In marketing and advertising pet foods—or nearly anything, including political candidates—it seems that making claims about what the product does not include (or stand for) has become standard practice. Having “grain free” or “no corn” on a pet food label, for example, accompanied by a stalk of wheat or corn with a red X over it or a line through it, is a quick, easy way to convey the absence of certain ingredients that have been demonized in consumers’ minds. And how did those ingredients come to be demonized? By exactly the same type of marketing, advertising and packaging claims.
Because regulations often restrict the types of claims that can be made for ingredients actually in a product—and explaining the benefits of included ingredients typically requires more space, effort and consumer attention—negative marketing seems to have won out. More than six years ago, David A. Dzanis, CEO of Regulatory Discretion and author of the “Petfood Insights” column, criticized this type of marketing in discussing by-products: “Personally, I do not care for negative claims, and for reasons apart from regulatory issues, I think in the long run they do a disservice to the pet food industry.
“Although currently there is no model regulation, policy or guideline that explicitly addresses this issue, some regulators believe that even when such statements are technically true, claims regarding absence of an ingredient in a product may cause false disparagement of that safe and acceptable feed ingredient,” Dzanis wrote in 2009.
By-products represent a classic example of possible false disparagement that has led to a category of ingredients being demonized. “It is unfortunate that the by-product term creates such a negative perception with the public, as that certainly was not AAFCO’s intent,” Dzanis added. “I have long held that properly processed by-products can be perfectly safe and nutritious ingredients. Ideally, companies would help educate consumers about the merits of such ingredients rather than appear elusive—if not embarrassed—about their inclusion in formulations.”
Yet I imagine that if you asked any pet food company that uses by-products in their formulations why they do not explain the nutritional and sustainable benefits of these ingredients in their marketing or packaging, most would understandably ask in return, “How would I fit that on a package?” Or, a more likely response might be, “Why spend untold money and time fighting a losing battle?”
While some pet food manufacturers still justify their use of grain-based ingredients or explain the nutritional benefits of certain grains (for example, NestléPurina PetCare’s “Why does Purina believe in grain?” section of its website), that opportunity seems long past when it comes to by-products. Hence, Dzanis’ reference to a disservice to our industry—and, long term, to pets and their owners, I believe, because it means that as the world is facing an impending shortage of protein ingredients, we are ignoring a perfect source of such ingredients that are highly nutritious, palatable and digestible for pets.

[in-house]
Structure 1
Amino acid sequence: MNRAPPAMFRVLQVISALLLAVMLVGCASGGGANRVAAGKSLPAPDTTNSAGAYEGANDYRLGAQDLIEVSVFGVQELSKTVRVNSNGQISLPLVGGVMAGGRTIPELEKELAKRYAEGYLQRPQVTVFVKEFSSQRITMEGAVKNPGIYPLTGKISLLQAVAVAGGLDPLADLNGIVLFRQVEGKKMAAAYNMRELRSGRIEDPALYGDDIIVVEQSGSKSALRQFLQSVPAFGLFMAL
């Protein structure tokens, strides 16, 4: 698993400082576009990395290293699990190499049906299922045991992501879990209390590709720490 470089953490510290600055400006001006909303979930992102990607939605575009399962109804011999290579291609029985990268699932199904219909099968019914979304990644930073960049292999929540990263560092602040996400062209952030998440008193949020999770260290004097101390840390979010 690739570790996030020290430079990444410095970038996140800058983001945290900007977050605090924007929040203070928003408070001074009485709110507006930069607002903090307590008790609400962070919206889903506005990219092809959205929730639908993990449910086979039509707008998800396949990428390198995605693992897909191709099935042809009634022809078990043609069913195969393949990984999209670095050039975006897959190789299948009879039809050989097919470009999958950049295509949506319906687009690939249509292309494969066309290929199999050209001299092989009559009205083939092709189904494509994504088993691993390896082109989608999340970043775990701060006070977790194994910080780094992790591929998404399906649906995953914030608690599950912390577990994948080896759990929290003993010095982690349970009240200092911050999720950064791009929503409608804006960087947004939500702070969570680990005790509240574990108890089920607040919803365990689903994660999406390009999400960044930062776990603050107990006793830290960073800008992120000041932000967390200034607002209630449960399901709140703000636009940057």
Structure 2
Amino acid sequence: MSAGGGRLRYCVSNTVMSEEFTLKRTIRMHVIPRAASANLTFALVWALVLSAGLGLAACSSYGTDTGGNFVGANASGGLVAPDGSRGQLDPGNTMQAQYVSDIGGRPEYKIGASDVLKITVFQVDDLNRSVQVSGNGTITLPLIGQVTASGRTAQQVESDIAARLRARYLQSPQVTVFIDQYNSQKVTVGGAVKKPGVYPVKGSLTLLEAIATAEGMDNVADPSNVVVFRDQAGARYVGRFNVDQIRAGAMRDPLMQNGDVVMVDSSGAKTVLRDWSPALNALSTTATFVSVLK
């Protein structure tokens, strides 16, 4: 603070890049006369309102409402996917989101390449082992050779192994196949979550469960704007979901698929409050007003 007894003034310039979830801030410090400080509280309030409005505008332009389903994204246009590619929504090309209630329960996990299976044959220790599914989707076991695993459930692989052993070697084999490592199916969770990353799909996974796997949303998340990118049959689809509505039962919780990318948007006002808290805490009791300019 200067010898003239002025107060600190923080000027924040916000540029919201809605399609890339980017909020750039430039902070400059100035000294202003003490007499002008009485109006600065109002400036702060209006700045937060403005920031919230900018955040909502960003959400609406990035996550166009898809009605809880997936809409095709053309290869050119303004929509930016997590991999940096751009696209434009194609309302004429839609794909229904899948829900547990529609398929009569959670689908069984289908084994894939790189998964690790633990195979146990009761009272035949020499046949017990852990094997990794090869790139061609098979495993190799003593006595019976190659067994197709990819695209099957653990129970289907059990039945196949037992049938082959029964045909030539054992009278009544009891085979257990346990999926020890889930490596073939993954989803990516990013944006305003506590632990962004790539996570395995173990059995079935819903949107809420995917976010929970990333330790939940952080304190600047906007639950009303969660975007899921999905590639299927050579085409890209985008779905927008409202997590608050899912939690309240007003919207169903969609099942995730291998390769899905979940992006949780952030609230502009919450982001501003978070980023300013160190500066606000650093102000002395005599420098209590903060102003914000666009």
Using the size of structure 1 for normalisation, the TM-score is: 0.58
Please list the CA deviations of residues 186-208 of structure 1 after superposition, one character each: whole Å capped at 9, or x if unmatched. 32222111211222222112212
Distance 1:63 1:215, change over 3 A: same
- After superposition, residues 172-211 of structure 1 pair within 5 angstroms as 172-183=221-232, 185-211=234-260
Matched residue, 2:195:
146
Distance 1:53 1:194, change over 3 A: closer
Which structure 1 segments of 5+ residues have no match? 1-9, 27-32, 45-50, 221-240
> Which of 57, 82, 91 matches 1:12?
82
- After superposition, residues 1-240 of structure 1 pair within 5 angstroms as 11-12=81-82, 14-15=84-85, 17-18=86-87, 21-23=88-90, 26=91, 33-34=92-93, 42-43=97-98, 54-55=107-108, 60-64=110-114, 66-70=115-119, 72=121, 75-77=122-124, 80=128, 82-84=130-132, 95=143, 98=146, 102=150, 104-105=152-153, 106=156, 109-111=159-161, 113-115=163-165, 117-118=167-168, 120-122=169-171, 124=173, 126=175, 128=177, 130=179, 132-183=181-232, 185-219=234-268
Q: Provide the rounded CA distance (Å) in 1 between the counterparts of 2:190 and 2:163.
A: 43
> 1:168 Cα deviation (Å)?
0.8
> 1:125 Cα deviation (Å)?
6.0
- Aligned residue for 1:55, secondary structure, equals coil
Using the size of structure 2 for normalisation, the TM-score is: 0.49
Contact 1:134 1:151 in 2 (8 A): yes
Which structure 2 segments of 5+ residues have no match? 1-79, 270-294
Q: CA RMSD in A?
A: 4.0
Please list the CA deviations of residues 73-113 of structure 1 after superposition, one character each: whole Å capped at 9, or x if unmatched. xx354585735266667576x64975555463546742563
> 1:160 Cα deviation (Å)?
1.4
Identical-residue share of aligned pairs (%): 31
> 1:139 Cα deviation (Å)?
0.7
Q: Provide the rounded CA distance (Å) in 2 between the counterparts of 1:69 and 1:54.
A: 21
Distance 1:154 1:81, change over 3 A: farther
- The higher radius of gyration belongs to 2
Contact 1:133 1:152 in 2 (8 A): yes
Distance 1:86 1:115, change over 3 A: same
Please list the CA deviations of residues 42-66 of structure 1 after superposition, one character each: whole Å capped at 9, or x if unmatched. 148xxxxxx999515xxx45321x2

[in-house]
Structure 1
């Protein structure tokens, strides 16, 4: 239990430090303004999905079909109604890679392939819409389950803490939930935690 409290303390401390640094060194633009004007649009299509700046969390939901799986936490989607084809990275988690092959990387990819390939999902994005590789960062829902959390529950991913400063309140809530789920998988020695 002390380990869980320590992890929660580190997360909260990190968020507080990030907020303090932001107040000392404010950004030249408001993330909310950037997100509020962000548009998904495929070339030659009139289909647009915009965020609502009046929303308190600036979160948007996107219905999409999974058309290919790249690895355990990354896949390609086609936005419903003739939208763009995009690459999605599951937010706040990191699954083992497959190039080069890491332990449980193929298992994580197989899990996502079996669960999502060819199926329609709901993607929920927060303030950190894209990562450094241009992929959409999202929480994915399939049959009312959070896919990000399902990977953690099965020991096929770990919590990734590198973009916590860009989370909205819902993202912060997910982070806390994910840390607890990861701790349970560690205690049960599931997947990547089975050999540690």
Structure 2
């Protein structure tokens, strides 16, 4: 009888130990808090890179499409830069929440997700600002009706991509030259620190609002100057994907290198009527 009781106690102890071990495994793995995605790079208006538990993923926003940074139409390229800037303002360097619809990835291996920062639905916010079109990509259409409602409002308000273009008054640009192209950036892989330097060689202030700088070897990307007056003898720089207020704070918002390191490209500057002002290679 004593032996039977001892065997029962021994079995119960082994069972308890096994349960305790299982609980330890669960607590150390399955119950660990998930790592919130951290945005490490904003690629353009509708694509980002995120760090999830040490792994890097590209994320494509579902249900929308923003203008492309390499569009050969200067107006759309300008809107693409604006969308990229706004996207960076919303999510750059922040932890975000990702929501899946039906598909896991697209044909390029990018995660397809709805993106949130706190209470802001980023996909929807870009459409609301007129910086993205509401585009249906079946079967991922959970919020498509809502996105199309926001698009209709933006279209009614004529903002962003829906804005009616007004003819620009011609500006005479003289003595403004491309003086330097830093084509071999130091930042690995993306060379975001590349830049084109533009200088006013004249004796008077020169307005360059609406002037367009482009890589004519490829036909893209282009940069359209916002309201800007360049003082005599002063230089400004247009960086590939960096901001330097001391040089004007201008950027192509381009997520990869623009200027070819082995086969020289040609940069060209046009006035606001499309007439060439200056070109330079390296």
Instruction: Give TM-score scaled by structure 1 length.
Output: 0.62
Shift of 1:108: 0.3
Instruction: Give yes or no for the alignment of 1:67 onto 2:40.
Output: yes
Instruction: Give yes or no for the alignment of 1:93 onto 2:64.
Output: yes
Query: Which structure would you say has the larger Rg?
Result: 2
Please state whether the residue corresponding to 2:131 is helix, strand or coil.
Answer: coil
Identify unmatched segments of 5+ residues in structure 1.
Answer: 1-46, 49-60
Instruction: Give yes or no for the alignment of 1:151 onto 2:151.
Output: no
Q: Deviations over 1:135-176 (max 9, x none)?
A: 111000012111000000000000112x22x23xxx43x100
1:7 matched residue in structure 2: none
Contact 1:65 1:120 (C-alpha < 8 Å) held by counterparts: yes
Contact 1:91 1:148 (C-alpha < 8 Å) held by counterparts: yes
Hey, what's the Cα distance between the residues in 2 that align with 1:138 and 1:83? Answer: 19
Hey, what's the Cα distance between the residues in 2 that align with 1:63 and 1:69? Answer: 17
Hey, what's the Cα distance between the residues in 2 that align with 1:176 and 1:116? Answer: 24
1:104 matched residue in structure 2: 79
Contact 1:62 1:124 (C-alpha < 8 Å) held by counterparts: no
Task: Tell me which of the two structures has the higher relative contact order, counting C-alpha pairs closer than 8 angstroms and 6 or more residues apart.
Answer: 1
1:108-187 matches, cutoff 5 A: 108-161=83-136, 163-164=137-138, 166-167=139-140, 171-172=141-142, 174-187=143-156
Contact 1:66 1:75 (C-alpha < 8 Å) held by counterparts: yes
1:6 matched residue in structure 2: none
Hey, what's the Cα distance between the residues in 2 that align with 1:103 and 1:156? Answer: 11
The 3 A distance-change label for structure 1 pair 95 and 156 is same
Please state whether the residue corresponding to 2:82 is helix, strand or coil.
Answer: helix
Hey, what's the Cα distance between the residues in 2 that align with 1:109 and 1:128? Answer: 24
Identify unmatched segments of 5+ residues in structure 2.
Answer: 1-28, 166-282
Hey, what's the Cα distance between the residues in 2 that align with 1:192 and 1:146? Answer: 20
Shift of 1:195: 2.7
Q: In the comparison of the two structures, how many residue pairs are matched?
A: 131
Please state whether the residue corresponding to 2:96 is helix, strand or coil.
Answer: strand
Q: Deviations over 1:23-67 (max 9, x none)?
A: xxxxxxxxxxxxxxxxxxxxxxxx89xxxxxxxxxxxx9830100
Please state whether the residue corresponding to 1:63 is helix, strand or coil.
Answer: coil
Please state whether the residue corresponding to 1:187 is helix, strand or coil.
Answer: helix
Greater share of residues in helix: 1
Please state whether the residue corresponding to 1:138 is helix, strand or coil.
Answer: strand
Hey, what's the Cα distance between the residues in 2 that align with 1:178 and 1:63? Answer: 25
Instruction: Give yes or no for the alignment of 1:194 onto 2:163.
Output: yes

As trends in pet food often follow those in human food, negative marketing is rampant in that sector, too. In a June webinar, Lu Ann Williams, director of innovation for Innova Market Insights, commented that “gluten free has gone mainstream.” That seems analogous to grain free in pet food, though even in North America, food products with gluten-free claims have still reached only about 20% of new product labels. (For pet food sold in US pet specialty outlets, grain-free claims now appear on about 40% of all new products, according to GfK.) Williams also noted that the gluten-free claim often appears on foods that would not naturally contain gluten anyway, proving that for many companies, the “free from” claim is purely a marketing ploy.
Innova’s data on new food and beverage products shows that “no additives/preservatives” is still the most prevalent “clean label” claim globally, showing up on 9% (in Asia) to 37% (in Australia) of new products in 2014. (In North America, it was 16%, 10% in Latin America and 14% in both Western Europe and Africa.) The fastest-growing claim, however, is GMO-free, with more than a 40% rise in new product claims globally from 2010 to 2014.
New research from Mintel supports that finding, with 37% of US consumers surveyed saying they are interested in non-GMO foods. That was the top free-from interest among those consumers, outpacing interest in foods free of soy, eggs, nuts or peanuts. Further, among US consumers whom Mintel identifies as free-from consumers (the method of identification is not clear in the report overview or press release), 58% said GMO-free claims are important to them, and 35% ranked that as among their top three most important claims.
The Mintel report includes other interesting data points:
When it comes to the most popular free-from type of pet food, grain-free, that last point may not match up. In the US pet specialty retail channel, grain-free pet foods sold at an average of US$2.94 per pound in 2014, compared to US$2.22 per pound for branded pet food products overall, according to data from GfK. With grain-free pet foods now accounting for nearly 30% of pet food sales in that channel, and grain-free sales continuing to grow by more than 20% a year, it seems more and more pet owners are willing to pay a premium for certain free-from claims and products.